By the end of the 19th century technological miracles were commonplace. Railroad trains routinely traveled a-mile-a-minute. Electric lights could turn night into day. Voices traveled over wires. Pictures could be set into motion. Lighter-than-air balloons and dirigibles even offered access to the sky. But the age-old dream of flying with wings like birds still seemed like a fantasy. In a simple bicycle shop now located in Greenfield Village, two brothers from Dayton, Ohio, turned the fantasy of heavier-than-air flight into reality.
1951 Beatty Belly Tank Lakester Land Speed Race Car / THF90122
What do you get when you mix a war surplus fuel tank, an Oldsmobile engine, and a boatload of ingenuity? You get The Henry Ford’s latest automotive acquisition, the Lakester.
During World War II aircraft designers looking for ways to extend the range of fighter planes came up with the idea of hanging expendable auxiliary fuel tanks under the wings or fuselages of aircraft. These teardrop-shaped tanks could be jettisoned when they were empty. When Bill Burke, a California hot rodder serving in the Navy, saw some of these tanks on Guadalcanal, he thought they would make nifty bodies for streamlined racing cars. After the war, Burke put his idea into action.
Surplus drop tanks (also called wing tanks or belly tanks) were available for as little as $35. Burke squeezed an engine, driver’s seat, and running gear inside the tank, leaving the wheels and axles exposed. Burke raced the slick little car at El Mirage, a large, flat dry lake bed north of Los Angeles where hot rodders ran their vehicles in straight-away top speed runs against the clock. Other hot rodders soon copied Burke’s idea and over time the new cars came to be called “lakesters” because they were built to run at the dry lakes.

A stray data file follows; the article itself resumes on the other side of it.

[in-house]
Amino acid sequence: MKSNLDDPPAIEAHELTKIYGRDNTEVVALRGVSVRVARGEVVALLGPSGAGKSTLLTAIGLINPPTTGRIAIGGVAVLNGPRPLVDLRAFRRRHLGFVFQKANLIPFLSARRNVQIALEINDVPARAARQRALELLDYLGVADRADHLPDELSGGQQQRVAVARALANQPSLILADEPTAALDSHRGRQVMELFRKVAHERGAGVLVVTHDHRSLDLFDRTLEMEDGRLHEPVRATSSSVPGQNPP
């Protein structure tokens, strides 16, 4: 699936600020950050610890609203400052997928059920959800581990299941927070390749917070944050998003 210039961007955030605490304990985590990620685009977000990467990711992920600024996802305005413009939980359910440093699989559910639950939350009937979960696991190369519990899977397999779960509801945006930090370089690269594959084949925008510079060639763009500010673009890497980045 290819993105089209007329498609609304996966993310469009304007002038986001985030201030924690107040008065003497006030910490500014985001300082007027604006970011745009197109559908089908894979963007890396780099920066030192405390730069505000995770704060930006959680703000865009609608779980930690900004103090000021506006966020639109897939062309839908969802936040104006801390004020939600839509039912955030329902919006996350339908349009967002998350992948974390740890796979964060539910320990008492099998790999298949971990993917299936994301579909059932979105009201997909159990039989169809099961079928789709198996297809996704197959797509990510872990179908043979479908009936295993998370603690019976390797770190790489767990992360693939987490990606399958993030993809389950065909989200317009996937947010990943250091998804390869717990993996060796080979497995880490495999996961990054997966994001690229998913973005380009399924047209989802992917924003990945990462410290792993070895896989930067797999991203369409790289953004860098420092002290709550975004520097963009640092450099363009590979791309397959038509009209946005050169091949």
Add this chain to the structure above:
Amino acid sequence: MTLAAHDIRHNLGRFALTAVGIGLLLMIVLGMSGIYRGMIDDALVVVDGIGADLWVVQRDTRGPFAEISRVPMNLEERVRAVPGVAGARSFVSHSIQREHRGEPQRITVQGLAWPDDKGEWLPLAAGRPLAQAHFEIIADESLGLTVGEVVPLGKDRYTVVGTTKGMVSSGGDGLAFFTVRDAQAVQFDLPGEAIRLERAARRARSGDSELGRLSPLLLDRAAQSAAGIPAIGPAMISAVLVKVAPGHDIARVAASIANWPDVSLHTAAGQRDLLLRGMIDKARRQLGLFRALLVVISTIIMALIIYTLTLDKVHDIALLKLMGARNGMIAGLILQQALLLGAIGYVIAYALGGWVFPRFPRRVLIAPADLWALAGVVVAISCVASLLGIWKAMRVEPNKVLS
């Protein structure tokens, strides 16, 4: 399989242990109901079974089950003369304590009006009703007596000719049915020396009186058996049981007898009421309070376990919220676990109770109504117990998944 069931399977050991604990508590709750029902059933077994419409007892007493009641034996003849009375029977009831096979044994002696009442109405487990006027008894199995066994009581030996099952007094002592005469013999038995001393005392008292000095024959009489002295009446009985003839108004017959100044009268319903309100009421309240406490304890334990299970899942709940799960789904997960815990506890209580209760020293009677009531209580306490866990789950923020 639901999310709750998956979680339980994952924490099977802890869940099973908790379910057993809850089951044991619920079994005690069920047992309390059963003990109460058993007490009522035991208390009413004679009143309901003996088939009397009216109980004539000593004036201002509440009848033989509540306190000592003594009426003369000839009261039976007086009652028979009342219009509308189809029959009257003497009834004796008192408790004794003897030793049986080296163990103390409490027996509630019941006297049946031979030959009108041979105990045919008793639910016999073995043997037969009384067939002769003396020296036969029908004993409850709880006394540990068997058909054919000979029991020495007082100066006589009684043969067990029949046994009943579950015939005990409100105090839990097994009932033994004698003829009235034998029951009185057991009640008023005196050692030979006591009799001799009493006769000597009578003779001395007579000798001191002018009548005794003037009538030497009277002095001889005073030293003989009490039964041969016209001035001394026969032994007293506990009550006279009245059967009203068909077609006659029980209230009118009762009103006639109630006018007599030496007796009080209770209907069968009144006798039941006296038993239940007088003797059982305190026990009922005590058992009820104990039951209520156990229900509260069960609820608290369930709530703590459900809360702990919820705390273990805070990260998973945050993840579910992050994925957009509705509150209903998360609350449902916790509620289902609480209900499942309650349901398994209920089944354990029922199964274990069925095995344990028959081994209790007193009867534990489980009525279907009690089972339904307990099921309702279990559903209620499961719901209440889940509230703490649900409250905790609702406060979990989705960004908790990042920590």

Cockpit of the 1951 Beatty Belly Tank Lakester / THF90112
I have long wanted to add a lakester to The Henry Ford’s collection of race cars, because lakesters embody ingenuity and resourcefulness, and because they are peculiarly American. For years I have had my eye on one of the most successful and famous lakesters, a car built and driven by another California hot rodder, Tom Beatty. In 2009 the car came up for auction and we were finally able to acquire it.
Techno Talk Warning: The following paragraph is a technical description of Tom Beatty’s car for the benefit of “car geeks” (like the writer). If you are bored by discussions of chrome-moly tubing and swing axles, skip to the last paragraph.
Part of the attraction of Tom Beatty’s car is its sheer technical virtuosity. It looks like lots of other belly tank lakesters, but underneath the aluminum teardrop it is very different. Most lakester builders used a simple parallel rail frame, but Beatty welded up a complex space frame from chrome-moly steel tubing. It was stiffer and safer in an accident. Most lakesters ran without a rear suspension, but Beatty devised a swing axle independent rear suspension that helped the car maintain traction over the sometimes rough dry lake surface, or at the Bonneville Salt Flats.
Engine and Drivetrain on the 1951 Beatty Belly Tank Lakester / THF90115